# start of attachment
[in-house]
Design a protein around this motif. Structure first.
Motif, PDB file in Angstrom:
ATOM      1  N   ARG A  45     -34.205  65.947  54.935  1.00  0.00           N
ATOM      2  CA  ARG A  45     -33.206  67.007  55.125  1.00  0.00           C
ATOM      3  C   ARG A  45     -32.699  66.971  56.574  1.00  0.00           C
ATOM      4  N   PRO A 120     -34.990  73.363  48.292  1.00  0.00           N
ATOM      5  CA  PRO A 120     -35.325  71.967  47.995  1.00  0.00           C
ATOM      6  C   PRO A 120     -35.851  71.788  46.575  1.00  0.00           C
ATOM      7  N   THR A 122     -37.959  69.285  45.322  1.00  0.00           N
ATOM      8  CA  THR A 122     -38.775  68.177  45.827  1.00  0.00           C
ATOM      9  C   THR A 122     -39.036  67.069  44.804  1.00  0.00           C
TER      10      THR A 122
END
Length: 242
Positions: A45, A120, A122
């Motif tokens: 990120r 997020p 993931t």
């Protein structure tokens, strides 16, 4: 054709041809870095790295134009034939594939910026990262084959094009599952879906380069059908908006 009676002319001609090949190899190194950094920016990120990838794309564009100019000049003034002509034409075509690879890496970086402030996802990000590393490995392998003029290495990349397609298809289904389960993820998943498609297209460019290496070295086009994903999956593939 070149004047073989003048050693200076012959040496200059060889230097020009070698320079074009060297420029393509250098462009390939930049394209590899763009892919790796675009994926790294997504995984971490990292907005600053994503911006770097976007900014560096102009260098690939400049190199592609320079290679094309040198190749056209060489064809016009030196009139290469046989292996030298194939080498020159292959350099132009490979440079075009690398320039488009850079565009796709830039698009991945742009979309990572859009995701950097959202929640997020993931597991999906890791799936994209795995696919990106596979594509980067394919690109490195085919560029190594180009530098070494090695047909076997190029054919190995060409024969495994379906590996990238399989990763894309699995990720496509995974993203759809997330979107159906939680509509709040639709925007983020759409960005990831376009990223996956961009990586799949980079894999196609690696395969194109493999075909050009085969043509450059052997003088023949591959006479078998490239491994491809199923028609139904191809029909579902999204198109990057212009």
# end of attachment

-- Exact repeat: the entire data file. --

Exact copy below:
[in-house]
Design a protein around this motif. Structure first.
Motif, PDB file in Angstrom:
ATOM      1  N   ARG A  45     -34.205  65.947  54.935  1.00  0.00           N
ATOM      2  CA  ARG A  45     -33.206  67.007  55.125  1.00  0.00           C
ATOM      3  C   ARG A  45     -32.699  66.971  56.574  1.00  0.00           C
ATOM      4  N   PRO A 120     -34.990  73.363  48.292  1.00  0.00           N
ATOM      5  CA  PRO A 120     -35.325  71.967  47.995  1.00  0.00           C
ATOM      6  C   PRO A 120     -35.851  71.788  46.575  1.00  0.00           C
ATOM      7  N   THR A 122     -37.959  69.285  45.322  1.00  0.00           N
ATOM      8  CA  THR A 122     -38.775  68.177  45.827  1.00  0.00           C
ATOM      9  C   THR A 122     -39.036  67.069  44.804  1.00  0.00           C
TER      10      THR A 122
END
Length: 242
Positions: A45, A120, A122
């Motif tokens: 990120r 997020p 993931t």
């Protein structure tokens, strides 16, 4: 054709041809870095790295134009034939594939910026990262084959094009599952879906380069059908908006 009676002319001609090949190899190194950094920016990120990838794309564009100019000049003034002509034409075509690879890496970086402030996802990000590393490995392998003029290495990349397609298809289904389960993820998943498609297209460019290496070295086009994903999956593939 070149004047073989003048050693200076012959040496200059060889230097020009070698320079074009060297420029393509250098462009390939930049394209590899763009892919790796675009994926790294997504995984971490990292907005600053994503911006770097976007900014560096102009260098690939400049190199592609320079290679094309040198190749056209060489064809016009030196009139290469046989292996030298194939080498020159292959350099132009490979440079075009690398320039488009850079565009796709830039698009991945742009979309990572859009995701950097959202929640997020993931597991999906890791799936994209795995696919990106596979594509980067394919690109490195085919560029190594180009530098070494090695047909076997190029054919190995060409024969495994379906590996990238399989990763894309699995990720496509995974993203759809997330979107159906939680509509709040639709925007983020759409960005990831376009990223996956961009990586799949980079894999196609690696395969194109493999075909050009085969043509450059052997003088023949591959006479078998490239491994491809199923028609139904191809029909579902999204198109990057212009």